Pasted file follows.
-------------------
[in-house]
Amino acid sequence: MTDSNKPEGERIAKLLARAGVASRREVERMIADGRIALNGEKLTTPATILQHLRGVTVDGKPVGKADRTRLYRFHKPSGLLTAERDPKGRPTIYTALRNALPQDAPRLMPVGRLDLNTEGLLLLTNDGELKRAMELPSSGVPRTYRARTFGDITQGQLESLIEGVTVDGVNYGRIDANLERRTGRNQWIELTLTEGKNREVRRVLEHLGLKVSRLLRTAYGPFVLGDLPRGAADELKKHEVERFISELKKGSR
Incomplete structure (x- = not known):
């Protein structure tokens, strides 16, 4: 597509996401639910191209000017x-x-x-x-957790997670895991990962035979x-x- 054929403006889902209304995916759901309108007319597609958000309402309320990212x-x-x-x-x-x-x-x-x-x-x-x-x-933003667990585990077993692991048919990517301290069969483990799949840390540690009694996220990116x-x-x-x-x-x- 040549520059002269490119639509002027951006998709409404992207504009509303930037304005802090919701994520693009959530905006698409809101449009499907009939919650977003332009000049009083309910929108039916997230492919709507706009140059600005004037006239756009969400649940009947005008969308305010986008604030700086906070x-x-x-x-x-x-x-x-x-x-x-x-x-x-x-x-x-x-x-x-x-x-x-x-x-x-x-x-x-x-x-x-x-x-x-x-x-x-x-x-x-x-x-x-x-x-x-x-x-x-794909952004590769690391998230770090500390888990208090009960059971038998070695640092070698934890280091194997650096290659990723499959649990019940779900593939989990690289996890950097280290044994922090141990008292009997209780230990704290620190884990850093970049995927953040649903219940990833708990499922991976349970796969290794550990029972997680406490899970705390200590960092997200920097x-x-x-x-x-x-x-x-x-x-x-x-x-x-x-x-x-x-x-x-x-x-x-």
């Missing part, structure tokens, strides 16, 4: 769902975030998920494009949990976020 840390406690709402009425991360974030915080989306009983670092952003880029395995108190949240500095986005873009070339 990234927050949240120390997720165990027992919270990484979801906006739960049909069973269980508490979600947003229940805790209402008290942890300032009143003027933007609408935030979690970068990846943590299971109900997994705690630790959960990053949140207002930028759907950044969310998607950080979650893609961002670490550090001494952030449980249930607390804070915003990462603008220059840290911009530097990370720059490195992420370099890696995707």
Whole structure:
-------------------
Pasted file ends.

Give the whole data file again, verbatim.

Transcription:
[in-house]
Amino acid sequence: MTDSNKPEGERIAKLLARAGVASRREVERMIADGRIALNGEKLTTPATILQHLRGVTVDGKPVGKADRTRLYRFHKPSGLLTAERDPKGRPTIYTALRNALPQDAPRLMPVGRLDLNTEGLLLLTNDGELKRAMELPSSGVPRTYRARTFGDITQGQLESLIEGVTVDGVNYGRIDANLERRTGRNQWIELTLTEGKNREVRRVLEHLGLKVSRLLRTAYGPFVLGDLPRGAADELKKHEVERFISELKKGSR
Incomplete structure (x- = not known):
């Protein structure tokens, strides 16, 4: 597509996401639910191209000017x-x-x-x-957790997670895991990962035979x-x- 054929403006889902209304995916759901309108007319597609958000309402309320990212x-x-x-x-x-x-x-x-x-x-x-x-x-933003667990585990077993692991048919990517301290069969483990799949840390540690009694996220990116x-x-x-x-x-x- 040549520059002269490119639509002027951006998709409404992207504009509303930037304005802090919701994520693009959530905006698409809101449009499907009939919650977003332009000049009083309910929108039916997230492919709507706009140059600005004037006239756009969400649940009947005008969308305010986008604030700086906070x-x-x-x-x-x-x-x-x-x-x-x-x-x-x-x-x-x-x-x-x-x-x-x-x-x-x-x-x-x-x-x-x-x-x-x-x-x-x-x-x-x-x-x-x-x-x-x-x-x-794909952004590769690391998230770090500390888990208090009960059971038998070695640092070698934890280091194997650096290659990723499959649990019940779900593939989990690289996890950097280290044994922090141990008292009997209780230990704290620190884990850093970049995927953040649903219940990833708990499922991976349970796969290794550990029972997680406490899970705390200590960092997200920097x-x-x-x-x-x-x-x-x-x-x-x-x-x-x-x-x-x-x-x-x-x-x-």
């Missing part, structure tokens, strides 16, 4: 769902975030998920494009949990976020 840390406690709402009425991360974030915080989306009983670092952003880029395995108190949240500095986005873009070339 990234927050949240120390997720165990027992919270990484979801906006739960049909069973269980508490979600947003229940805790209402008290942890300032009143003027933007609408935030979690970068990846943590299971109900997994705690630790959960990053949140207002930028759907950044969310998607950080979650893609961002670490550090001494952030449980249930607390804070915003990462603008220059840290911009530097990370720059490195992420370099890696995707």
Whole structure: